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'the admission of new States, and when exercised | latitude, and not to the States to be formed out of 'with reference only to that end, the power of Congress is clear and explicit; but beyond that point the authority cannot extend."

in the estimation of some gentlemen; but, like the word "hereafter," or any other word used in a law in reference to a Territory, it ceases to have effect whenever the Territory ceases to exist. After the Territory is admitted into the Union as a State, the laws providing for its government while a Territory become nugatory, unless some provision be made for their continuance.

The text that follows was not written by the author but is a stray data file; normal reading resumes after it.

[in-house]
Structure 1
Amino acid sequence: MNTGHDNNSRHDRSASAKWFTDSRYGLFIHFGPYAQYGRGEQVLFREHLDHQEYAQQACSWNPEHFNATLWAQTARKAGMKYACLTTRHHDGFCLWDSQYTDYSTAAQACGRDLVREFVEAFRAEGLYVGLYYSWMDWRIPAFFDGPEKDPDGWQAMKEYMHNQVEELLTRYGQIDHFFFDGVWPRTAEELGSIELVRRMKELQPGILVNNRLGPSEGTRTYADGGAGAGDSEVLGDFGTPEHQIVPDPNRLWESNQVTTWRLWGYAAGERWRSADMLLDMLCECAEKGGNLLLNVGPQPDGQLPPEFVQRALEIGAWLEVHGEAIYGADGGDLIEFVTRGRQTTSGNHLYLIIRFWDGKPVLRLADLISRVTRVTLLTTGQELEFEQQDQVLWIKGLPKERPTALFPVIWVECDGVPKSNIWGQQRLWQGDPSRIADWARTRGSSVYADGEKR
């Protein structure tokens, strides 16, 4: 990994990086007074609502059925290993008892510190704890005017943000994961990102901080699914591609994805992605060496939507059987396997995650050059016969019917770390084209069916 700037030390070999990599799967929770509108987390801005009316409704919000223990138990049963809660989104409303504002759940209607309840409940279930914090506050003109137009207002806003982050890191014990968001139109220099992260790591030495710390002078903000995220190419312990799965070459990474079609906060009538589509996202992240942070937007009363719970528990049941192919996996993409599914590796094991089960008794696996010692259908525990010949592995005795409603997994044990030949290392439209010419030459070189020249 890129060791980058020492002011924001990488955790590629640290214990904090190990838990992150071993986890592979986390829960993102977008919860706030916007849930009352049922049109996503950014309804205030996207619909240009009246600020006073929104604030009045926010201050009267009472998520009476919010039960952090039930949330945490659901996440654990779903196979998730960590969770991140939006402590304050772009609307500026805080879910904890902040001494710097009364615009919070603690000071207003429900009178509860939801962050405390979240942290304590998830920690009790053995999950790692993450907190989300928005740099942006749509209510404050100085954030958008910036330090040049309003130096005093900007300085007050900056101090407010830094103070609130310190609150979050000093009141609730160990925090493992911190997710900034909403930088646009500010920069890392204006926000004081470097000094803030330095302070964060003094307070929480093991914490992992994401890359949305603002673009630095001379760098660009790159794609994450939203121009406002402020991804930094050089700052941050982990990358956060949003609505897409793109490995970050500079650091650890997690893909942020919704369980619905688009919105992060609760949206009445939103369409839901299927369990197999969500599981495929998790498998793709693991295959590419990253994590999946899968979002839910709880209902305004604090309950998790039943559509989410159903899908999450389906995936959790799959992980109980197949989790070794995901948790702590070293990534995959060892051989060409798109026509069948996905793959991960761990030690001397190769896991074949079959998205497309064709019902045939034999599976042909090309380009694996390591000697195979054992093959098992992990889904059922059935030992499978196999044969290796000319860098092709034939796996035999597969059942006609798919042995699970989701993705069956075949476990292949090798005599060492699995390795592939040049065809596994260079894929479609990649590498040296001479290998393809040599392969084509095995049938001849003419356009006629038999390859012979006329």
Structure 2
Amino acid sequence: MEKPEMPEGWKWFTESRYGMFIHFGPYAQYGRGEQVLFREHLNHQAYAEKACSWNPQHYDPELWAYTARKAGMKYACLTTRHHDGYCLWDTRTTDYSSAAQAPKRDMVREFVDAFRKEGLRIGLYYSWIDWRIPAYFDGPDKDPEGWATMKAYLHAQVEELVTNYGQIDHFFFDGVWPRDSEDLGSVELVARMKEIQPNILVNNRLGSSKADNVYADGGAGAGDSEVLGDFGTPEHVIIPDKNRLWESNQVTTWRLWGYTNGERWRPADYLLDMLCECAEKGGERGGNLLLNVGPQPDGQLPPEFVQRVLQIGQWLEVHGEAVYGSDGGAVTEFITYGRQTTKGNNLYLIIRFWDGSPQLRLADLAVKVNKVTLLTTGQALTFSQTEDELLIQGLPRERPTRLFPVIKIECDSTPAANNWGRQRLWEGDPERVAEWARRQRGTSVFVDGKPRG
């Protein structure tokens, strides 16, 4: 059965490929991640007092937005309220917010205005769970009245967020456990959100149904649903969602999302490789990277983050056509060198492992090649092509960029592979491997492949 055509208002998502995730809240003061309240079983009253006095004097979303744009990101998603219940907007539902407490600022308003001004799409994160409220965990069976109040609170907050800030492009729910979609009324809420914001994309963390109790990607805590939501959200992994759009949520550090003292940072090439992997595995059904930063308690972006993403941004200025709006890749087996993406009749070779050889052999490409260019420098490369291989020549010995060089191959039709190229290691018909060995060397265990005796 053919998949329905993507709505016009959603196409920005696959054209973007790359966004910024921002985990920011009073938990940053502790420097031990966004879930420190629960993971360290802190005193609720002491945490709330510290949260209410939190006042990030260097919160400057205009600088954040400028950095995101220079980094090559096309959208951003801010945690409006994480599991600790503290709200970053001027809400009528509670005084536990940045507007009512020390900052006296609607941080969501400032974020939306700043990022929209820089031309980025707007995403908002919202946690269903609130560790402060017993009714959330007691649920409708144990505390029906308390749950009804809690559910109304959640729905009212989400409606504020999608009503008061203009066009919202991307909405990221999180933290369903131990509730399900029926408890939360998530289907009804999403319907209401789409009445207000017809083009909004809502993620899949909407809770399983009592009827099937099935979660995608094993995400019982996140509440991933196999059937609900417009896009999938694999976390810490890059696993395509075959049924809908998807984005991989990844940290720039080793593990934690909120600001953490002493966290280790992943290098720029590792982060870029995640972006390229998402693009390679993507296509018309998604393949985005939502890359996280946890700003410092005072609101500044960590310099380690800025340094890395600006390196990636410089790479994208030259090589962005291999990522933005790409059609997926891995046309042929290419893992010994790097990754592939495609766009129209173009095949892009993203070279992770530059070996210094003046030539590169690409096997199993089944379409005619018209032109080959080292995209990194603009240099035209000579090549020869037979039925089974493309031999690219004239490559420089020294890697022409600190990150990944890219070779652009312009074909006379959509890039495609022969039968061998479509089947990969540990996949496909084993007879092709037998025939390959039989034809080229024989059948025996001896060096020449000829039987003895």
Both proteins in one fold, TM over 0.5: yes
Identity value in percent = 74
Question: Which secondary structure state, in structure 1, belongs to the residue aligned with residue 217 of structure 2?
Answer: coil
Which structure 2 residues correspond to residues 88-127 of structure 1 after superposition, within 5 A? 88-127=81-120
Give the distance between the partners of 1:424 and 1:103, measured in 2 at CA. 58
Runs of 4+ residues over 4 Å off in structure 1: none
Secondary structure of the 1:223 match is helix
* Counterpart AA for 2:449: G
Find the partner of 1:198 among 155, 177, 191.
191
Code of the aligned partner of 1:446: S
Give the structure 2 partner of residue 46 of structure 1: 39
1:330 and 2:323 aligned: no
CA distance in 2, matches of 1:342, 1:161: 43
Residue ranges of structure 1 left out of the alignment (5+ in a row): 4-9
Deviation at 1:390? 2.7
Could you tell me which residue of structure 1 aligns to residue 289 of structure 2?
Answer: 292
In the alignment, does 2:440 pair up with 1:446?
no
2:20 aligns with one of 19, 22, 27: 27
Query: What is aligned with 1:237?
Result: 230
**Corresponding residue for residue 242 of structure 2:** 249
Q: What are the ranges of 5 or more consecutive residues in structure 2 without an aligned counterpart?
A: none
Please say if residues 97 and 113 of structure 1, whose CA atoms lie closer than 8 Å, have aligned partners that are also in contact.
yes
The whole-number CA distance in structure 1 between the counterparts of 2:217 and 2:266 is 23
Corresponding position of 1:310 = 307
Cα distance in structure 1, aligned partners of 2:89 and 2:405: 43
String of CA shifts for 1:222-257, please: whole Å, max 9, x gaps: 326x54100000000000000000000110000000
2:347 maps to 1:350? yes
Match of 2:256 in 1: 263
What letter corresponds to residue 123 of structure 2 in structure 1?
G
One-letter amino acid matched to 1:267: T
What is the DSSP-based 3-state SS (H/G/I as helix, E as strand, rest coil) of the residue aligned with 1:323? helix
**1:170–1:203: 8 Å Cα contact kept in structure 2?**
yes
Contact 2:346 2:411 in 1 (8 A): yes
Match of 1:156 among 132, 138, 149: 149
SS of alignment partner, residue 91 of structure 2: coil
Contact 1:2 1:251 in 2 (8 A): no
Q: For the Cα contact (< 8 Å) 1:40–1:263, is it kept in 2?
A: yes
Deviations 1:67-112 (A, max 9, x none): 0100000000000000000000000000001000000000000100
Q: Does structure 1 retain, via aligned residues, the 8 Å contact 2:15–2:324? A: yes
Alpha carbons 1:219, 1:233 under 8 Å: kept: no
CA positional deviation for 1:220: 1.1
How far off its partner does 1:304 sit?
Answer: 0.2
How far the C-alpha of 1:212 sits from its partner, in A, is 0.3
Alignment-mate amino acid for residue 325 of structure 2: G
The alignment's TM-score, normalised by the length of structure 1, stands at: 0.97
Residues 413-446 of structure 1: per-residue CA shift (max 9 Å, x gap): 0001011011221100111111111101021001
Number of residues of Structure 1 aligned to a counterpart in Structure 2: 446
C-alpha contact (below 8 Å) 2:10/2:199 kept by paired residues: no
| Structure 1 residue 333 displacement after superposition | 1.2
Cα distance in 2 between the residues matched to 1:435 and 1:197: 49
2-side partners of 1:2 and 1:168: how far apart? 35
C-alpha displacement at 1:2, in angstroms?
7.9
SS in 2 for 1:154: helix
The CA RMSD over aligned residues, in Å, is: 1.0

it. I have not the provision before me, but I know that it provides, substantially, that "in all that territory" north of 30° 30', Slavery shall be The proposition is here broadly laid down, that, forever prohibited. The word "forever" occurs beyond the point of providing the means of carry-in it; and that word seems to be very potent, ing into effect the provision for the admission of new States, the power to govern the Territories does not exist. Is that true? Can it be maintained? Is it one of the necessary means, in order to admit a Territory into the Union as a State, that Congress should govern it before it comes in? Is the exercise of the power conferred by the Kansas-Nebraska act necessary for the admission of those Territories as States into the Union? What is that act? A long law, containing thirty-seven sections, and providing for those Territories Governors and Legislatures, judges and marshals; defining the jurisdiction of justices of the peace, and providing all the machinery for the Territorial Governments. I desire to know what the jurisdiction of a justice of the peace, or any of these provisions, have to do with the admission of Kansas into the Union as a State? Can the position be maintained for a moment, that it is necessary or proper, as preliminary to the admission of a State into this Union, that Congress should declare that a Territorial justice of the peace should not have jurisdiction in cases exceeding $100, or relating to real estate? If the assumptions of this report are correct, such is the case; for we are told that it is only when the power of Congress is exercised in reference to the admission of a new State, that it has any right to legislate for a Territory, and of course it will not be contended that the Kansas-Nebraska act is not constitutional. Again, it is said: